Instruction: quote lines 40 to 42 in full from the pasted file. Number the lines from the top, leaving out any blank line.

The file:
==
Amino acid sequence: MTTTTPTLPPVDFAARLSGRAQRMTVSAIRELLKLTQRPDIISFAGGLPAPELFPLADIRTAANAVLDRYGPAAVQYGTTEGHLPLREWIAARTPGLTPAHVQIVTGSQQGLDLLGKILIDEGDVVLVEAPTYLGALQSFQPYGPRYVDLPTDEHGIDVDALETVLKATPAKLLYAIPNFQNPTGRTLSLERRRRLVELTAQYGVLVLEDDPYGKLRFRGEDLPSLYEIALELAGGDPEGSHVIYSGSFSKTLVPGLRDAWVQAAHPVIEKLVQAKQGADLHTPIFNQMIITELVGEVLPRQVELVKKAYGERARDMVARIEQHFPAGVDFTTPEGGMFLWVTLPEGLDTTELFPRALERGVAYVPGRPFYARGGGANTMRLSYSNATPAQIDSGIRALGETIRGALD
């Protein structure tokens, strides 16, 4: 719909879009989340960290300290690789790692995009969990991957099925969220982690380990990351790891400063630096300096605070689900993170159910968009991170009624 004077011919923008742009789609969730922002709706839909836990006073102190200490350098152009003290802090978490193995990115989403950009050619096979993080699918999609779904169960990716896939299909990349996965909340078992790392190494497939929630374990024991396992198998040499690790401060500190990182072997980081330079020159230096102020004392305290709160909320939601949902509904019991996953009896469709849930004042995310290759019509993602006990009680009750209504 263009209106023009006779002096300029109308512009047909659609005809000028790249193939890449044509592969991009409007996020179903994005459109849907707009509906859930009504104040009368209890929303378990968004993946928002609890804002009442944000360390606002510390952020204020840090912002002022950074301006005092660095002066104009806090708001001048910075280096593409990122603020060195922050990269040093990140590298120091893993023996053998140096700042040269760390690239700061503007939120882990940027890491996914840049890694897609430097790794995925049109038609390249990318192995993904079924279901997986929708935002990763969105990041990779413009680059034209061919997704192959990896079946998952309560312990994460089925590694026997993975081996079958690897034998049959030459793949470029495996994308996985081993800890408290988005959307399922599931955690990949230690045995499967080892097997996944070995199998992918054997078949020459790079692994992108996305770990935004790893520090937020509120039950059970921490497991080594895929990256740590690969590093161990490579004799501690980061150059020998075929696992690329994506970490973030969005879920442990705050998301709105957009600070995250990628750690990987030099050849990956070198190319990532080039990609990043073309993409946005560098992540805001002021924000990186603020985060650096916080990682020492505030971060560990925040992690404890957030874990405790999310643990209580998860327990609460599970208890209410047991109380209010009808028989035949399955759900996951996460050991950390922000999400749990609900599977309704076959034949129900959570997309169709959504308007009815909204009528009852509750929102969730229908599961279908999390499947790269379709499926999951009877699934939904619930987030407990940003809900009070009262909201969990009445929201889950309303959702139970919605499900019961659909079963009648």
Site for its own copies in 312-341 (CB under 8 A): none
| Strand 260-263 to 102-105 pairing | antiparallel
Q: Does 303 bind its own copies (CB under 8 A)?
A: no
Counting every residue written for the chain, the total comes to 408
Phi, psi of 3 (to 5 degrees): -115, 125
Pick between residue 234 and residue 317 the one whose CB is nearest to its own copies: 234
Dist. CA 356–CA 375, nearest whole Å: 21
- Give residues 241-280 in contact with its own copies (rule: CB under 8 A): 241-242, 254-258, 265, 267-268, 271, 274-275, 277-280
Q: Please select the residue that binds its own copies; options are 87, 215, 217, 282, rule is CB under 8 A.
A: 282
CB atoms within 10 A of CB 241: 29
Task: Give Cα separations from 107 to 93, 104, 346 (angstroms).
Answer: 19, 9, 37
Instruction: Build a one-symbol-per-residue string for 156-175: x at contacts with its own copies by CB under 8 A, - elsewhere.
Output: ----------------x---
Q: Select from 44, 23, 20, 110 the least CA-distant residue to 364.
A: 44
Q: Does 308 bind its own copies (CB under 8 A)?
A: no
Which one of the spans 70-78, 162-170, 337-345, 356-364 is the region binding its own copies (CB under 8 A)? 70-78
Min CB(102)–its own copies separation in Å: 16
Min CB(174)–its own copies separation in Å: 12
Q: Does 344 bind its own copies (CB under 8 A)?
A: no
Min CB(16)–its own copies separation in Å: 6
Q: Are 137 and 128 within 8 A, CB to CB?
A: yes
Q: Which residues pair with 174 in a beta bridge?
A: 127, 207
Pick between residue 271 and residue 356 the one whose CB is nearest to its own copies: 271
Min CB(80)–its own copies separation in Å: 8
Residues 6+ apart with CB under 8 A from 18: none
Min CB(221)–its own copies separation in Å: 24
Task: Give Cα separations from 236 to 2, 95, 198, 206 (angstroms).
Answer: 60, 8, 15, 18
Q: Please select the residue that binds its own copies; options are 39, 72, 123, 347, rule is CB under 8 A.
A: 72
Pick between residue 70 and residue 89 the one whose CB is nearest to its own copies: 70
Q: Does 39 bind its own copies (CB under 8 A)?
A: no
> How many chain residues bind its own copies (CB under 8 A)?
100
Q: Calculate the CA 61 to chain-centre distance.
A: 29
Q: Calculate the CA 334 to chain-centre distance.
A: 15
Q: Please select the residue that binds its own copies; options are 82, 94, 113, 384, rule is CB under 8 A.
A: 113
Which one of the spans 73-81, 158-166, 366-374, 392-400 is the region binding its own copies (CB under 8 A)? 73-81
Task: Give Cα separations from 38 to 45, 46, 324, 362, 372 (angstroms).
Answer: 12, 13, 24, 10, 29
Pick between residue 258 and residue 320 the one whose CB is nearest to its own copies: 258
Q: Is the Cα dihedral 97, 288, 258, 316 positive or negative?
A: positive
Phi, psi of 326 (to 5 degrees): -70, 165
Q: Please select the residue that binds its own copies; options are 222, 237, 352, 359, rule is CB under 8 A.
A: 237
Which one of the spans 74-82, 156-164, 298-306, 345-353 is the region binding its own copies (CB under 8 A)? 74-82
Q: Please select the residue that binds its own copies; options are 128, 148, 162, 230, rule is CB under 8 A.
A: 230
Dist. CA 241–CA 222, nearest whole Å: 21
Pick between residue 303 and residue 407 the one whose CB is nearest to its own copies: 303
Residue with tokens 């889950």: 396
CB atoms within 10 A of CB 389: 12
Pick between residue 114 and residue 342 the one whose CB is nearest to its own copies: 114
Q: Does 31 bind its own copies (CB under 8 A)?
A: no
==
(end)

A: 72
Pick between residue 70 and residue 89 the one whose CB is nearest to its own copies: 70
Q: Does 39 bind its own copies (CB under 8 A)?